Sense of hearing enables us to communicate, work, and socialize. It also gives us awareness of our surroundings and allows us to detect potential dangers. A gradual loss of hearing in both ears is a natural part of aging for many over the age of 60, however, a rapid loss of hearing in people between the ages of 40 and 50 is not natural.
Rapid hearing loss can be scary and chip away at your independence since your vestibular organ, which provides a sense of balance, is located in the ear. Hearing loss is never more painful than when it occurs suddenly or in a matter of a few days, which is what happens with idiopathic sudden sensorineural hearing loss.
What is Idiopathic Sudden Sensorineural Hearing Loss?
Idiopathic sudden sensorineural hearing loss (ISSNHL) is defined as a sudden, unexplained hearing loss of 30 decibels or more either at once or in a span of a few days. Also known as sudden deafness, it usually occurs in just one ear, and is usually preceded by a loud popping sound. Sudden sensorineural hearing loss is a medical emergency.
Sudden sensorineural hearing loss is often more pronounced upon waking up in the morning and when trying to use the affected ear during a phone call. It is also accompanied by dizziness, balance issues, and tinnitus or ringing in the ears. Often, people who have sudden sensorineural hearing loss put off seeing a doctor thinking it is due to allergies, sinusitis, or other common conditions and will go away on its own. It’s important to know that sudden hearing loss treated early has better outcomes.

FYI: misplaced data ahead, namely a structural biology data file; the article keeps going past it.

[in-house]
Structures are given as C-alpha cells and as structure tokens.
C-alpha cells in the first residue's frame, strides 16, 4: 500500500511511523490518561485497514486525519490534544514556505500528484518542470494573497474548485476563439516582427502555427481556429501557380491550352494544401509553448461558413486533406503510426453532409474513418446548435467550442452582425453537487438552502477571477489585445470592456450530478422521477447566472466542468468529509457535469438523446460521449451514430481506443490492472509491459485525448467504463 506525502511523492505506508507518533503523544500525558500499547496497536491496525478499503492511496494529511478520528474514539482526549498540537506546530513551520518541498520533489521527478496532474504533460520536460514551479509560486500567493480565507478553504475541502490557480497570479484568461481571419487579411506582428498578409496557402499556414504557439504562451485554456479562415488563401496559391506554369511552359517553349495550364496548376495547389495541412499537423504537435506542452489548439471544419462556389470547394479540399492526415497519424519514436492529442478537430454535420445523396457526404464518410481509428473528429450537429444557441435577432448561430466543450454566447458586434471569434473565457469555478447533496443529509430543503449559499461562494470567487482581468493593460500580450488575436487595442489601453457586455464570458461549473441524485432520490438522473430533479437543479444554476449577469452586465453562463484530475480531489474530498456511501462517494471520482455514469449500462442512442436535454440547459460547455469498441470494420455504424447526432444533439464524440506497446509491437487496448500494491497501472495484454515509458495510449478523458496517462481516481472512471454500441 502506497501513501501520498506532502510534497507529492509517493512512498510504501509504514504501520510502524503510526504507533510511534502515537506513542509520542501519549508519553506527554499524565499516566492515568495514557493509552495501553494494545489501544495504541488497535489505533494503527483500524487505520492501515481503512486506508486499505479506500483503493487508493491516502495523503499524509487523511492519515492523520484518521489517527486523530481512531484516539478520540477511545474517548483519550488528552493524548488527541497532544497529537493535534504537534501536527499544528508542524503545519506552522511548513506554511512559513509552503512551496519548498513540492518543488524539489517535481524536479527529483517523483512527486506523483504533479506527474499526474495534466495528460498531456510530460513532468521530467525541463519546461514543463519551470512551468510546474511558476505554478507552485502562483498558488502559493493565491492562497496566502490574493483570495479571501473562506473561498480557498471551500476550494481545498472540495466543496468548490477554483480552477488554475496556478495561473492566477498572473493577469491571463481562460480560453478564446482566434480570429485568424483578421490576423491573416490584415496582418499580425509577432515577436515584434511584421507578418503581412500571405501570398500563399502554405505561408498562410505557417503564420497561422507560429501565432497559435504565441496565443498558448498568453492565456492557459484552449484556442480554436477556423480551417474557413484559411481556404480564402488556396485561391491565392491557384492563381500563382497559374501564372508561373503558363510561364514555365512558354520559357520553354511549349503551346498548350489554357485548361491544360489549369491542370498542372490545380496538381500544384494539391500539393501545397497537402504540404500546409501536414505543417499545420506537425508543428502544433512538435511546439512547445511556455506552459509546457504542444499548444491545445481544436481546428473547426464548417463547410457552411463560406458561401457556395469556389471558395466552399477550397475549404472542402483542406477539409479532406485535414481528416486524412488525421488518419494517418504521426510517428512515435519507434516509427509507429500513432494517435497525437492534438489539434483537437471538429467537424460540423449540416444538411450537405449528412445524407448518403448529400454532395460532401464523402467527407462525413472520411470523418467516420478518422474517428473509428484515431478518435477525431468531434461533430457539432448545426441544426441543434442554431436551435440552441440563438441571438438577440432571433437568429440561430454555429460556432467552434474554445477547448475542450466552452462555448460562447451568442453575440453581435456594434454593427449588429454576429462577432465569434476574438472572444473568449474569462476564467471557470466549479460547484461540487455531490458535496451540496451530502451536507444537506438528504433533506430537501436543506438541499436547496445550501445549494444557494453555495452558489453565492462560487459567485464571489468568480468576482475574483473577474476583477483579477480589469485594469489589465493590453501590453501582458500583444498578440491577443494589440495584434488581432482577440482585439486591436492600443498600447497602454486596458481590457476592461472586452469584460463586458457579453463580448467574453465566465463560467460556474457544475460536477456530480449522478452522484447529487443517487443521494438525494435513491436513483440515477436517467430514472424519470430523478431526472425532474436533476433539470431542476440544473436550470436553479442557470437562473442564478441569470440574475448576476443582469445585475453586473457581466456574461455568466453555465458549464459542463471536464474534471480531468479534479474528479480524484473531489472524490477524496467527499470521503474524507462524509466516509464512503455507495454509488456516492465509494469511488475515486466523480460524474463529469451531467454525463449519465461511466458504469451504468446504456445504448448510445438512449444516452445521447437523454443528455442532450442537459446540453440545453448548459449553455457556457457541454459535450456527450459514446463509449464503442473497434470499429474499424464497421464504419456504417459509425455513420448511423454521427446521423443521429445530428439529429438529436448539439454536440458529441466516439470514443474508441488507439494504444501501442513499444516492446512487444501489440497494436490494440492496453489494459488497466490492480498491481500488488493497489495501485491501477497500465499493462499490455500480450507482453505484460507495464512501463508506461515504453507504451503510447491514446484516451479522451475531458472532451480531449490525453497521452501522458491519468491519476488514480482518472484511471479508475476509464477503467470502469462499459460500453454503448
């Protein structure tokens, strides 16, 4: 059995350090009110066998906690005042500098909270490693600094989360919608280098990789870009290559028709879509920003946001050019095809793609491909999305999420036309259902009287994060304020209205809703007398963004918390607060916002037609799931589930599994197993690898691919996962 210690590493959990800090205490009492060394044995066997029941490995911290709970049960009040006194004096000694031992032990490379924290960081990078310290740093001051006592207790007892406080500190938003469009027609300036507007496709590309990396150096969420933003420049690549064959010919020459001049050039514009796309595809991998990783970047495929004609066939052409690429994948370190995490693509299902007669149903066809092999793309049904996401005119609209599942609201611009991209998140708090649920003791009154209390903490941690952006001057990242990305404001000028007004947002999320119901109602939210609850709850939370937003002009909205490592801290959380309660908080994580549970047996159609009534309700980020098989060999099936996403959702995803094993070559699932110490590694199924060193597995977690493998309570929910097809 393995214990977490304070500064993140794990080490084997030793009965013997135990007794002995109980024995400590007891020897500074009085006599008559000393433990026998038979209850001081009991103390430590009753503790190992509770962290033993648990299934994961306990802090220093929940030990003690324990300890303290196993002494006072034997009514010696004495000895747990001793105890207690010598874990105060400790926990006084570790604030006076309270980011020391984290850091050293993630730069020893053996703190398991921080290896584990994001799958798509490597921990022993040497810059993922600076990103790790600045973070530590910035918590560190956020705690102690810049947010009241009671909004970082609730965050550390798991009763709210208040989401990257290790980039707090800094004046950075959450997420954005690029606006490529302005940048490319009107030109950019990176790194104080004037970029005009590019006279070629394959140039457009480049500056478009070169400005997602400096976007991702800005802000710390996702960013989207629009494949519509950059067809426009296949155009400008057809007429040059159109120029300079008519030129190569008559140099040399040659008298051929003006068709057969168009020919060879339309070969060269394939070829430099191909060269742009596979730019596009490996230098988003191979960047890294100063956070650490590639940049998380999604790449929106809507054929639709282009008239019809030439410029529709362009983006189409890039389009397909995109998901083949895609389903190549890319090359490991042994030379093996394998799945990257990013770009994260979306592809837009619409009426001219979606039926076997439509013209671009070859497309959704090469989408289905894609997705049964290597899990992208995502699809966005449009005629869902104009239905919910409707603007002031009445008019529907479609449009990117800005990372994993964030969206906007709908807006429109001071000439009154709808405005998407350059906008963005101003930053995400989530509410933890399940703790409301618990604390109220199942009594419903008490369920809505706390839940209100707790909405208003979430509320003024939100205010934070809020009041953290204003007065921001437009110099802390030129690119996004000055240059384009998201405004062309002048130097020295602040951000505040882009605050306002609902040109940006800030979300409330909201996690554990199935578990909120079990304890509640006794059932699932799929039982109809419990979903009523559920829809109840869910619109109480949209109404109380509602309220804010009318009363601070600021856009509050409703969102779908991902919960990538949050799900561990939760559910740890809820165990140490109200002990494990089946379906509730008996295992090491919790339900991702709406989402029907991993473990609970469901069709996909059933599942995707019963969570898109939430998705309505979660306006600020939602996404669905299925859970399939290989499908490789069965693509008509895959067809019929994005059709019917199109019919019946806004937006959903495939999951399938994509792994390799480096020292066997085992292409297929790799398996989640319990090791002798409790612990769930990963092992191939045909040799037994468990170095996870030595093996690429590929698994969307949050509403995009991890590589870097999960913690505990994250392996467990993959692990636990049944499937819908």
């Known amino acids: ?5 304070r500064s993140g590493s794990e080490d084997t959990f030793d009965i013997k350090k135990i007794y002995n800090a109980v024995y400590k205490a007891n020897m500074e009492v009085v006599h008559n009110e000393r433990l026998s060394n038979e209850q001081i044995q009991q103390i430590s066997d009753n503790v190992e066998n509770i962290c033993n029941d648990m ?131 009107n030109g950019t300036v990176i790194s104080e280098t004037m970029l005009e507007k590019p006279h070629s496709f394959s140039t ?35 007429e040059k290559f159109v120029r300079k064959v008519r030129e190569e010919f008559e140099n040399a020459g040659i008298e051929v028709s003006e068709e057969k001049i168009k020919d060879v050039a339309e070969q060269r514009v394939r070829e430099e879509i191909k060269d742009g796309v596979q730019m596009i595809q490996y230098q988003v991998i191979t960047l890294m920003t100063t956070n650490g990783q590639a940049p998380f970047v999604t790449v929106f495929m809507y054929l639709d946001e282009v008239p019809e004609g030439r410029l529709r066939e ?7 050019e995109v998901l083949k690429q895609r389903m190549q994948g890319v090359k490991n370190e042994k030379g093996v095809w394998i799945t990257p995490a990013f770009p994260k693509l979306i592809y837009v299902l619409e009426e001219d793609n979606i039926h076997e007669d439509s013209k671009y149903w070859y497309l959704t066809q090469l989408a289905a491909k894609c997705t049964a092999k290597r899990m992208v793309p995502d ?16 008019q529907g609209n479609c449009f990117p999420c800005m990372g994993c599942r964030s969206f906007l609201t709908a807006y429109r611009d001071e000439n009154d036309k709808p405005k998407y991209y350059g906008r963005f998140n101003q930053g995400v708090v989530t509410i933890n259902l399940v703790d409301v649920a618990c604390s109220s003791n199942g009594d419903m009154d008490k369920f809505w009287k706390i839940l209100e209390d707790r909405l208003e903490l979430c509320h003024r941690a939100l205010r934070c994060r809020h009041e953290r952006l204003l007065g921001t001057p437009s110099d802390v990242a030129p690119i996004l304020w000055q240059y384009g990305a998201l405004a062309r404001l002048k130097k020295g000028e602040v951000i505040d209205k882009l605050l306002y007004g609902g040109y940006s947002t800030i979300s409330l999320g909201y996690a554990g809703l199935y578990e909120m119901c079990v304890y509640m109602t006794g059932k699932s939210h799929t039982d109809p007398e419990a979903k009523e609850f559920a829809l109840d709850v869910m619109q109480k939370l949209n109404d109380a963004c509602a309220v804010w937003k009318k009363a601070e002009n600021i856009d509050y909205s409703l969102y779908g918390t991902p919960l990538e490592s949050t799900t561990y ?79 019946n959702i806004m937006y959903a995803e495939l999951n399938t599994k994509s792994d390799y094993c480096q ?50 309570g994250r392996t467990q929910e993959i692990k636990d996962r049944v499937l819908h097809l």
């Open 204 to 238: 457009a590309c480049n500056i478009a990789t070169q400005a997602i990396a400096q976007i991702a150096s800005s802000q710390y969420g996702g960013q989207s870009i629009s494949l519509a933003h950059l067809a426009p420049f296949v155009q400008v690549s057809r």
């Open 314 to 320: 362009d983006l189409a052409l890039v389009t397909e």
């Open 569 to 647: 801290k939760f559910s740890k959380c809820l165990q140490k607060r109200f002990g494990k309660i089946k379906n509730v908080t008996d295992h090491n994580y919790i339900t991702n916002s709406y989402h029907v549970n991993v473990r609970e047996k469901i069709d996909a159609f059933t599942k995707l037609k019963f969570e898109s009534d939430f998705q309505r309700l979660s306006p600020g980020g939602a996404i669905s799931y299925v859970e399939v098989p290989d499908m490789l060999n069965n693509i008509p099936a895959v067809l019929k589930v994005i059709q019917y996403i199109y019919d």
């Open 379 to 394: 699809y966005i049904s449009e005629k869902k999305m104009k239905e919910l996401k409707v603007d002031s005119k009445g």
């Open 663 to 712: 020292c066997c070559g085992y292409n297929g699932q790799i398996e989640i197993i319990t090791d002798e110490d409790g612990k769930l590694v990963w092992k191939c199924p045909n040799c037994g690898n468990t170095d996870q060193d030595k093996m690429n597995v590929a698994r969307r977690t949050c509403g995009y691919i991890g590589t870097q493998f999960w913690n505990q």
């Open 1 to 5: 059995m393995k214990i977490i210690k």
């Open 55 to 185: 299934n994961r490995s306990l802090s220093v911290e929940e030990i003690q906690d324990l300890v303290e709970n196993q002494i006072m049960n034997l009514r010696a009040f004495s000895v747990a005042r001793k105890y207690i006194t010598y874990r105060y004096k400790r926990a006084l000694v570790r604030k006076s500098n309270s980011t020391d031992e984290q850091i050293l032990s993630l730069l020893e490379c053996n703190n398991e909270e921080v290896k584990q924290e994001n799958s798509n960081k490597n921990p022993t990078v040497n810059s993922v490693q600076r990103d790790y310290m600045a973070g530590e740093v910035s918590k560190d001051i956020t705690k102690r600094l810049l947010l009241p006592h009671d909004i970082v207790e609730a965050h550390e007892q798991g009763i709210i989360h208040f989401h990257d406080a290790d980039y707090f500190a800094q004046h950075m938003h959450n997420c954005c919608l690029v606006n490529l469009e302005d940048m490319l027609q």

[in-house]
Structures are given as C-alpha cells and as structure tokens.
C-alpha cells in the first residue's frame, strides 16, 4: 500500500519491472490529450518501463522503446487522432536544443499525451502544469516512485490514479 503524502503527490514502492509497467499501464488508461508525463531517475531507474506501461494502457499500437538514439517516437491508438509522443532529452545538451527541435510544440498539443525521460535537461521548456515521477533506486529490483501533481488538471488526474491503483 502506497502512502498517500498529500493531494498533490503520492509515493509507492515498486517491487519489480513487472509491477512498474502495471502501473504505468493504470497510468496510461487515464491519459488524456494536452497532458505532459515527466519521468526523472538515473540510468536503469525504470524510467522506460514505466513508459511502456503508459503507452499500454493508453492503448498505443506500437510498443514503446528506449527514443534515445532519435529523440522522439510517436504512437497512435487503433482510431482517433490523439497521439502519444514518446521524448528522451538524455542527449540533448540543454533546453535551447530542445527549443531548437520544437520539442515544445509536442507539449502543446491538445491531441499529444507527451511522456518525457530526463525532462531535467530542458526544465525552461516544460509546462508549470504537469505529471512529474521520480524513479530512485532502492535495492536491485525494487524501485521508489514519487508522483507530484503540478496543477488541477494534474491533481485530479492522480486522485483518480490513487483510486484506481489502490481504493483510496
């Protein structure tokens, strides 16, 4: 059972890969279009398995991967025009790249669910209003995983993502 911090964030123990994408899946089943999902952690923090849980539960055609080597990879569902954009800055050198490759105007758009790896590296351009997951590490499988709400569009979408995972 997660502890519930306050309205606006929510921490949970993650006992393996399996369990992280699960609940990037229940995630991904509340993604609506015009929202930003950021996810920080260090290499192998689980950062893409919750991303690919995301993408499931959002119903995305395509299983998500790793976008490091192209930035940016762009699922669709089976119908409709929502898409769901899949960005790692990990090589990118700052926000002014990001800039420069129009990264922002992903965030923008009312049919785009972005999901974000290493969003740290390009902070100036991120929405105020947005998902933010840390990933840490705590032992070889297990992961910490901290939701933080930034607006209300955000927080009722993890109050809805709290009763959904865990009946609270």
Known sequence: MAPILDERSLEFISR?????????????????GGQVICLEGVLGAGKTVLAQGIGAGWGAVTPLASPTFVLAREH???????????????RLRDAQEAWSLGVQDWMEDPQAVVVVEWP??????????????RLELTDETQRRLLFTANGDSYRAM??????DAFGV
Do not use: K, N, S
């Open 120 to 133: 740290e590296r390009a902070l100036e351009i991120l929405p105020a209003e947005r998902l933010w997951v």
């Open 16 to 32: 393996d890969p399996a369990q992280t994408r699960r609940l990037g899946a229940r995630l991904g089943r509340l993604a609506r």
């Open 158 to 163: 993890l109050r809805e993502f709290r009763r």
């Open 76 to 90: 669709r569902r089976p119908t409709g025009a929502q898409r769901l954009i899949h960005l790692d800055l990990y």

Screening and Diagnosing Hearing Loss
Sudden sensorineural hearing loss often occurs in just one ear and is diagnosed by a series of tests. Hearing and balance tests are painless tests that are usually accompanied by a physical exam. Common hearing and balance tests may include the following:
- Whisper test
- Tuning fork test
- Pure-Tone & Warbled-Tone Audiometry, Bone Conduction Audiometry
- Bone Conduction Audiometry
- Speech Reception Threshold (SRT)
- Speech Discrimination
- Impedance Audiometry & Tympanometry
- Electronystagmography (ENG)
What to Do If You Notice Hearing Loss
If your hearing is not as sharp as it used to be or if you experienced sudden hearing loss, see a doctor immediately. An ear, nose, and throat surgeon (ENT) or an otolaryngologist specializes in the diagnosis and treatment of ear and hearing, nose and sinus, and throat conditions. Half of the people who have sudden sensorineural hearing loss recover their hearing in a few weeks with the help of an ENT.
Georgetown ENT Surgeon
At Georgetown ENT in Georgetown, Texas, Dr. Scott W. Franklin and audiologist Abeda Mueed will work together to diagnose your condition and determine the cause of it using a comprehensive hearing and balance test. They will follow a diagnosis with a highly customized treatment plan for you. The entire medical team and staff at Georgetown ENT are committed to the recovery of your hearing. For the best results, please see us the moment you start noticing changes in your hearing.
To schedule a consultation, call (512) 869-0604 or request an appointment online now.